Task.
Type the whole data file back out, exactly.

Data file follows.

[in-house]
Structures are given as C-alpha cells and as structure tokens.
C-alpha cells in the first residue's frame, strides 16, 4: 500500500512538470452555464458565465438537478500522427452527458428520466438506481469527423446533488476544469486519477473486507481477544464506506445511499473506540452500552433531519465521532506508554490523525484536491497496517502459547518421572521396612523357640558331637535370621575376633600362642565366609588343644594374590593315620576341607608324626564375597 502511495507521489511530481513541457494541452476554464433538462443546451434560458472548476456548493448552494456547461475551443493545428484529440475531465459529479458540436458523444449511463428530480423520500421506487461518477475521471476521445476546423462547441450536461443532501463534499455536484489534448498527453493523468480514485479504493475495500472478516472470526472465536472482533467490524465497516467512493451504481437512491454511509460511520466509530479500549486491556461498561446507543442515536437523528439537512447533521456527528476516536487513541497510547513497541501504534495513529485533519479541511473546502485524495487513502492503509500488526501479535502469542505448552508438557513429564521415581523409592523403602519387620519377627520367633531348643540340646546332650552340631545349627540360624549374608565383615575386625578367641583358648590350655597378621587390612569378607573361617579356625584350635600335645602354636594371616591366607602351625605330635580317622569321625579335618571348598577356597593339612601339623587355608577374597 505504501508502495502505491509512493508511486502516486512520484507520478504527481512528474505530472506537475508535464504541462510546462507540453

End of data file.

[in-house]
Structures are given as C-alpha cells and as structure tokens.
C-alpha cells in the first residue's frame, strides 16, 4: 500500500512538470452555464458565465438537478500522427452527458428520466438506481469527423446533488476544469486519477473486507481477544464506506445511499473506540452500552433531519465521532506508554490523525484536491497496517502459547518421572521396612523357640558331637535370621575376633600362642565366609588343644594374590593315620576341607608324626564375597 502511495507521489511530481513541457494541452476554464433538462443546451434560458472548476456548493448552494456547461475551443493545428484529440475531465459529479458540436458523444449511463428530480423520500421506487461518477475521471476521445476546423462547441450536461443532501463534499455536484489534448498527453493523468480514485479504493475495500472478516472470526472465536472482533467490524465497516467512493451504481437512491454511509460511520466509530479500549486491556461498561446507543442515536437523528439537512447533521456527528476516536487513541497510547513497541501504534495513529485533519479541511473546502485524495487513502492503509500488526501479535502469542505448552508438557513429564521415581523409592523403602519387620519377627520367633531348643540340646546332650552340631545349627540360624549374608565383615575386625578367641583358648590350655597378621587390612569378607573361617579356625584350635600335645602354636594371616591366607602351625605330635580317622569321625579335618571348598577356597593339612601339623587355608577374597 505504501508502495502505491509512493508511486502516486512520484507520478504527481512528474505530472506537475508535464504541462510546462507540453